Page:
It seems strange to think that United States Steel was once one of the world’s great growth stocks. But it must have been as it rode a global steel boom to become the first ever $1bn company in 1901.
Similarly, General Motors capitalised on the automobile revolution to become the world’s only $10bn firm in 1955. Exactly 40 years later, General Electric made history as the first market cap to top $100bn.
Then the widespread adoption of smartphones propelled Apple to a record $1trn valuation in 2018. It is now worth $3trn, along with Microsoft.
Today, there are thousands of United States Steels ($1bn firms) and hundreds of stocks above $10bn. And there are 87 listed US companies with a market cap above $100bn. Even the sleepy FTSE 100 has six!
So, history shows it’s a question of when not if the next batch of £1trn stocks emerge. Here are three that could get there in 10 years or earlier.
Today’s technological revolution looks set to speed up with the rapid progress of artificial intelligence (AI) and other advanced technologies.
The common denominator in all this is the semiconductor. And the only company that sells the machines needed for cutting-edge chip manufacturing is ASML (NASDAQ: ASML).
The Dutch firm’s extreme ultraviolet (EUV) lithography system took three decades of research and billions of dollars to perfect. It contains hundreds of thousands of components — some of them pushing the boundaries of physics — from a bewilderingly complex supply chain.
Good luck trying to replicate that!
This monopolistic position at the centre of the industry means it should continue to grow as its largest customers — Intel, Samsung, and TSMC — build new chip foundries and upgrade existing ones.
For 2023, the company reported net sales of €27.6bn, a gross margin of 51%, and net income of €7.8bn. It now has an order backlog of €39bn.
Now, one risk worth highlighting is the ongoing US-China geopolitical tensions. ASML is prevented from selling many of its products to Chinese customers. This will likely slow its growth trajectory.
Still, due to its critical importance today, I’m backing it to become a trillion-dollar company, possibly Europe’s first.
With a market cap of $345bn, its share price would need to rise around 189%. That’s achievable, in my opinion.
Mastercard and Visa
My next two candidates, Visa (NYSE: V) and Mastercard (NYSE: MA), also possess enviable competitive positions. Outside of China, they dominate the digital payment processing market.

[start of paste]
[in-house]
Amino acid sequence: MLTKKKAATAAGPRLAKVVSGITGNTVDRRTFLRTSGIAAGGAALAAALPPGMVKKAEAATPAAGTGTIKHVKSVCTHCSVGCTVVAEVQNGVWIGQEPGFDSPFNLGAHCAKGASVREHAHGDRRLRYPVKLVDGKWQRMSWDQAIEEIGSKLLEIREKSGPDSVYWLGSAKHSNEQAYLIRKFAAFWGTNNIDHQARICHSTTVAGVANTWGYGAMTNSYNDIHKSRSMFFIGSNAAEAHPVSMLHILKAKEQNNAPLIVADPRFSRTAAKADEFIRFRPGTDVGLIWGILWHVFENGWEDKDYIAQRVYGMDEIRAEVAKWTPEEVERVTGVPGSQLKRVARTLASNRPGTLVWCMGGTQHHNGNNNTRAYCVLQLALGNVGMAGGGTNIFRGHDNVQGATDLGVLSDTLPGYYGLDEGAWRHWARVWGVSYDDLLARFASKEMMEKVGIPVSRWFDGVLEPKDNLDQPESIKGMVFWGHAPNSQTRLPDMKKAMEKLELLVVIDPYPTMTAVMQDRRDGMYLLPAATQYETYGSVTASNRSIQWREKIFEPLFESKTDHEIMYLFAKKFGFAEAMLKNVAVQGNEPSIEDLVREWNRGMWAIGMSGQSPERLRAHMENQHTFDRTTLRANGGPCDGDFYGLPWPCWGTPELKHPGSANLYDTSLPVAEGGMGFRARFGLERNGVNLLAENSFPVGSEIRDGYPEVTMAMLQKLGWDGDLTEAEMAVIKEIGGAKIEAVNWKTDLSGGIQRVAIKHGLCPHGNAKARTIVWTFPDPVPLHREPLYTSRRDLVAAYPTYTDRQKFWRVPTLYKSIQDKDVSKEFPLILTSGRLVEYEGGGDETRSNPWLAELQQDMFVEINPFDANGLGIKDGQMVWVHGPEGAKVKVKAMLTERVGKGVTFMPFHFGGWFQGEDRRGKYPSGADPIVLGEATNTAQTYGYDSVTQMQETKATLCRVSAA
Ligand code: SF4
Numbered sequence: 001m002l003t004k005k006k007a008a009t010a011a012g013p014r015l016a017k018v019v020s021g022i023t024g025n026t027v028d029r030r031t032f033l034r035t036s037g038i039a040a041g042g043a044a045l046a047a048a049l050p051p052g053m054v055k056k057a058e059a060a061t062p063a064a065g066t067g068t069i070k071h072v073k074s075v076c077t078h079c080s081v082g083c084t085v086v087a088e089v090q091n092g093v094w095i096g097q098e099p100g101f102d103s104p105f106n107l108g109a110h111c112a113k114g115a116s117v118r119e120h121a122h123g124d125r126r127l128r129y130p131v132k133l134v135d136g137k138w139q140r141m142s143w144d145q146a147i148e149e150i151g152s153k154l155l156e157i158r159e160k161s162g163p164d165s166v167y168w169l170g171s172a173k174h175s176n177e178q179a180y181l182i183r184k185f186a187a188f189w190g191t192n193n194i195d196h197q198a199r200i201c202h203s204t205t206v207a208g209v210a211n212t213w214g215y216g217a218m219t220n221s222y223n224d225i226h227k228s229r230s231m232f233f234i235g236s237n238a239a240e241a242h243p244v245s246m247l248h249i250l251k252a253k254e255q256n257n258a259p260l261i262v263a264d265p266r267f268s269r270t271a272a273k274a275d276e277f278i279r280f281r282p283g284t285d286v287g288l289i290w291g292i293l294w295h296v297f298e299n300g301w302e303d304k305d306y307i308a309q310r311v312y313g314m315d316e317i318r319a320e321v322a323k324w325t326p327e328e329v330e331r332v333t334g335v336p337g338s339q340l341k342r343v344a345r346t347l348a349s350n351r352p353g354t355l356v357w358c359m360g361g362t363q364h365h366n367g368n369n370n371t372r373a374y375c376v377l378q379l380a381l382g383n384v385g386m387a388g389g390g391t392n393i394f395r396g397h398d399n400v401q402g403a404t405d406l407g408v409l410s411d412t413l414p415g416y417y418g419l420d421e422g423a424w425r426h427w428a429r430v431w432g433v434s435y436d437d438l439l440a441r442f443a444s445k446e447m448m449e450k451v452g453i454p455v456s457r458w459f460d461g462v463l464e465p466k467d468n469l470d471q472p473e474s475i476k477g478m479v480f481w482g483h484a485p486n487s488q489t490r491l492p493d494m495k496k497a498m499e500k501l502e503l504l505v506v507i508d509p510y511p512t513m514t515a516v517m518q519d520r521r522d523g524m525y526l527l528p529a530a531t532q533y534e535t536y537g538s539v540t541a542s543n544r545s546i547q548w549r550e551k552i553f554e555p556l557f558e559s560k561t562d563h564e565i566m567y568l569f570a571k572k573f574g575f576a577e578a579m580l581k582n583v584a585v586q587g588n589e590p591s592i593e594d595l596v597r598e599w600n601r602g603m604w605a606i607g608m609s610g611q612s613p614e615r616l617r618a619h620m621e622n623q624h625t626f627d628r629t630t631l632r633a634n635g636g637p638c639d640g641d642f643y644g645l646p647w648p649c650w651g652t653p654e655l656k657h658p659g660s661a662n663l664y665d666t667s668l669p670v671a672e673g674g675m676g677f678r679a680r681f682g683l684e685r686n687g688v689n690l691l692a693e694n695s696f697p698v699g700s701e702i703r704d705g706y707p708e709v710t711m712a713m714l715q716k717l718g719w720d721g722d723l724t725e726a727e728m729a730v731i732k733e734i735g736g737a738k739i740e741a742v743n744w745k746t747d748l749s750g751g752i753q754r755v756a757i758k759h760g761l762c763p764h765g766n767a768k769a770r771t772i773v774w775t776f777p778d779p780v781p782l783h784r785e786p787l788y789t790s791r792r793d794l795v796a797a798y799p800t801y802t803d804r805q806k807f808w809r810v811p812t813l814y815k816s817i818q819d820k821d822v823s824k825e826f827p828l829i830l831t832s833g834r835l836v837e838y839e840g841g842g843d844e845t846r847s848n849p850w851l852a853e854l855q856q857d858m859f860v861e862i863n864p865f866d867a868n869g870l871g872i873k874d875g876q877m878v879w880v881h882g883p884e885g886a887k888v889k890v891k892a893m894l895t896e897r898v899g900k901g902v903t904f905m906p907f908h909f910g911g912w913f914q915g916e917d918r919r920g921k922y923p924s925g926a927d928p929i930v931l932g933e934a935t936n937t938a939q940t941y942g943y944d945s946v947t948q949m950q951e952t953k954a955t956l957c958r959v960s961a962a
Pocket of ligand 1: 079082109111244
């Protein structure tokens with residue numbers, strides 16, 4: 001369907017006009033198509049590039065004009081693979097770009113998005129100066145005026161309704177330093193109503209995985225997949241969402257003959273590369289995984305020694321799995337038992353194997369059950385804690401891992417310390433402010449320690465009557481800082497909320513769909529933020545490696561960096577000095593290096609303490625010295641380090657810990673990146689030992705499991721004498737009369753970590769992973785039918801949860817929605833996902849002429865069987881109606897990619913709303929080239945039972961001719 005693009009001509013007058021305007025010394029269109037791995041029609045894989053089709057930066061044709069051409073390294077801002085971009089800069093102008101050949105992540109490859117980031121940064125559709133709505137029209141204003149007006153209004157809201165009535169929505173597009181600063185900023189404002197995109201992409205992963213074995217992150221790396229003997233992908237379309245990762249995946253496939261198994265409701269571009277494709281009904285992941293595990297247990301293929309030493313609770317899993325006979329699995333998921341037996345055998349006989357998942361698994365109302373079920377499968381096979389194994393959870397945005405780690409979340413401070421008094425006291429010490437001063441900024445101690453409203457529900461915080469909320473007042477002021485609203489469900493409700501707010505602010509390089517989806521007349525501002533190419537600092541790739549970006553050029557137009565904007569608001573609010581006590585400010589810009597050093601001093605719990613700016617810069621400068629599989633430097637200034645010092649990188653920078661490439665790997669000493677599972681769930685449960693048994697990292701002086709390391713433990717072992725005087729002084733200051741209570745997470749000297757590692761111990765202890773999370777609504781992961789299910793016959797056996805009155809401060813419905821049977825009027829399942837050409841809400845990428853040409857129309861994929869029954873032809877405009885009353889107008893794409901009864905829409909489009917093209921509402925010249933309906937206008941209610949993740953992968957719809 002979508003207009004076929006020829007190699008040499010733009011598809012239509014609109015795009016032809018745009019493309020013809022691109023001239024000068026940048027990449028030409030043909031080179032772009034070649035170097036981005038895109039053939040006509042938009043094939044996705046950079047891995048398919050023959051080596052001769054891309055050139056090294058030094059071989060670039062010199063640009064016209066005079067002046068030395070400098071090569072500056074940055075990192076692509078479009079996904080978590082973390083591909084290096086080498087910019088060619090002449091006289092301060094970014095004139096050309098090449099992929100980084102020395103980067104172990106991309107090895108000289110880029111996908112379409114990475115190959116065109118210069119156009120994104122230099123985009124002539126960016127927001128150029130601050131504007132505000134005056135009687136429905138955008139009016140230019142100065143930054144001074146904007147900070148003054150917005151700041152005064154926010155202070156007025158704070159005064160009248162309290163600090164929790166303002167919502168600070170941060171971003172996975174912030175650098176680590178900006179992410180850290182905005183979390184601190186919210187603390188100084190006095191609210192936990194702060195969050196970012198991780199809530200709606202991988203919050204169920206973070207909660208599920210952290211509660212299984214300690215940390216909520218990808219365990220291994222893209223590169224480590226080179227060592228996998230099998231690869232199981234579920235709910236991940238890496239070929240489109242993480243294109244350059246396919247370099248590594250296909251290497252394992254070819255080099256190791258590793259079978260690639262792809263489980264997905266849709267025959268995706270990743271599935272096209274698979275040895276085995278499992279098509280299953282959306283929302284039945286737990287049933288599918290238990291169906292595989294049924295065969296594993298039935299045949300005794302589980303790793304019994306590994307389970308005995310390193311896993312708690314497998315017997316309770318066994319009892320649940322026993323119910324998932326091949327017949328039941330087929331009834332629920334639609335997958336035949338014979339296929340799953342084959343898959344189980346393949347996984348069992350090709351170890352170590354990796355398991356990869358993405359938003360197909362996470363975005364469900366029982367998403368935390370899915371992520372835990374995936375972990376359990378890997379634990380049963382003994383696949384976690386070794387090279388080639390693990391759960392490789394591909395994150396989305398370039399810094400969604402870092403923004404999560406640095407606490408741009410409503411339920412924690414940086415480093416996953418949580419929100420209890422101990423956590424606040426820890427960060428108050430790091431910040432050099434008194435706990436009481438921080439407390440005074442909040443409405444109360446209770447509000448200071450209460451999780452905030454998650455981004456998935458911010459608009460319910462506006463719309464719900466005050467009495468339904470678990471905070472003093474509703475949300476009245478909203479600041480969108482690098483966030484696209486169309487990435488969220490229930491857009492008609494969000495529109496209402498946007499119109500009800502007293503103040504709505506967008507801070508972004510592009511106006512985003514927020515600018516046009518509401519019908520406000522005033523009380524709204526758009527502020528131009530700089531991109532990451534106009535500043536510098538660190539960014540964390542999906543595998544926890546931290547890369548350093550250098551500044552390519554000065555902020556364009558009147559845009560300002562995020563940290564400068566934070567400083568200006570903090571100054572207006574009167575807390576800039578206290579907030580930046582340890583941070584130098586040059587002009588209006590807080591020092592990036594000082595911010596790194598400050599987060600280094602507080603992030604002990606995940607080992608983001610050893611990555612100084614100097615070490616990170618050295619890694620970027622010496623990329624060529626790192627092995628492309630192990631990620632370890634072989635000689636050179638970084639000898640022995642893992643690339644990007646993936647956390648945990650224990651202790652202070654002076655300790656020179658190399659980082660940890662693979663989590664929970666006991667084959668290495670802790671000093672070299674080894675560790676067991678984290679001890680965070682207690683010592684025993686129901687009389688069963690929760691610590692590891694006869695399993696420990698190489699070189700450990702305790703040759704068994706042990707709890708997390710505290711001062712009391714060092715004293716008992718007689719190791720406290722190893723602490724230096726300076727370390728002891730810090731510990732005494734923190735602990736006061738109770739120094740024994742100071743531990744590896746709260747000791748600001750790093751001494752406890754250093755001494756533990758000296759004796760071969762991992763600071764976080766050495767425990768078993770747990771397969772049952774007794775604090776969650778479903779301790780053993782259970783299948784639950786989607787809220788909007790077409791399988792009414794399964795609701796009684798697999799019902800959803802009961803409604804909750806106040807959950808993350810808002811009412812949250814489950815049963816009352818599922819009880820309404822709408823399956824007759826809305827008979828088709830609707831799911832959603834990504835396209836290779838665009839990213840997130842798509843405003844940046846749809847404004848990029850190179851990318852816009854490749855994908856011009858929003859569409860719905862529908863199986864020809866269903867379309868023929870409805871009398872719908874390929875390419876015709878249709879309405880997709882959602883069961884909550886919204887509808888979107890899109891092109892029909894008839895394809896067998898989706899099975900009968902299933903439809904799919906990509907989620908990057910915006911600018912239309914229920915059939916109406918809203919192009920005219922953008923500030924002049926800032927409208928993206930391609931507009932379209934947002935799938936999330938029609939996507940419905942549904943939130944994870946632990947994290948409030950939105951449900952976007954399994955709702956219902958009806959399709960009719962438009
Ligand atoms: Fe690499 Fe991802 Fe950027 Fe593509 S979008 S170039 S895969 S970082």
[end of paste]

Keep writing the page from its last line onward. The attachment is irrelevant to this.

This immediately raises some risk, as the two firms are facing regulatory scrutiny. However, this hasn’t yet affected their competitive or financial positions. Visa processes more than 270bn electronic transactions every year. Mastercard isn’t far behind.
To be honest, this doesn’t surprise me. Everywhere around us, consumers are tapping their phones and credit cards. Along with millions of others, I rarely even carry cash these days.
Then there’s global e-commerce, which still has decades of global adoption and growth to go.
Both firms take a small slice of every transaction flowing through their networks. This means even inflation can provide a tailwind, assuming consumer spending doesn’t fall.
With respective market caps of $537bn and $407bn, Visa and Mastercard look poised to join the exclusive $1trn valuation club over the next decade.
The post 3 high-growth stocks that could reach $1 trillion in 10 years — or sooner appeared first on The Motley Fool UK.
Ben McPoland has positions in ASML, Apple, Mastercard, Taiwan Semiconductor Manufacturing, and Visa. The Motley Fool UK has recommended ASML, Apple, Mastercard, Microsoft, Taiwan Semiconductor Manufacturing, and Visa. Views expressed on the companies mentioned in this article are those of the writer and therefore may differ from the official recommendations we make in our subscription services such as Share Advisor, Hidden Winners and Pro. Here at The Motley Fool we believe that considering a diverse range of insights makes us better investors.
Motley Fool UK 2024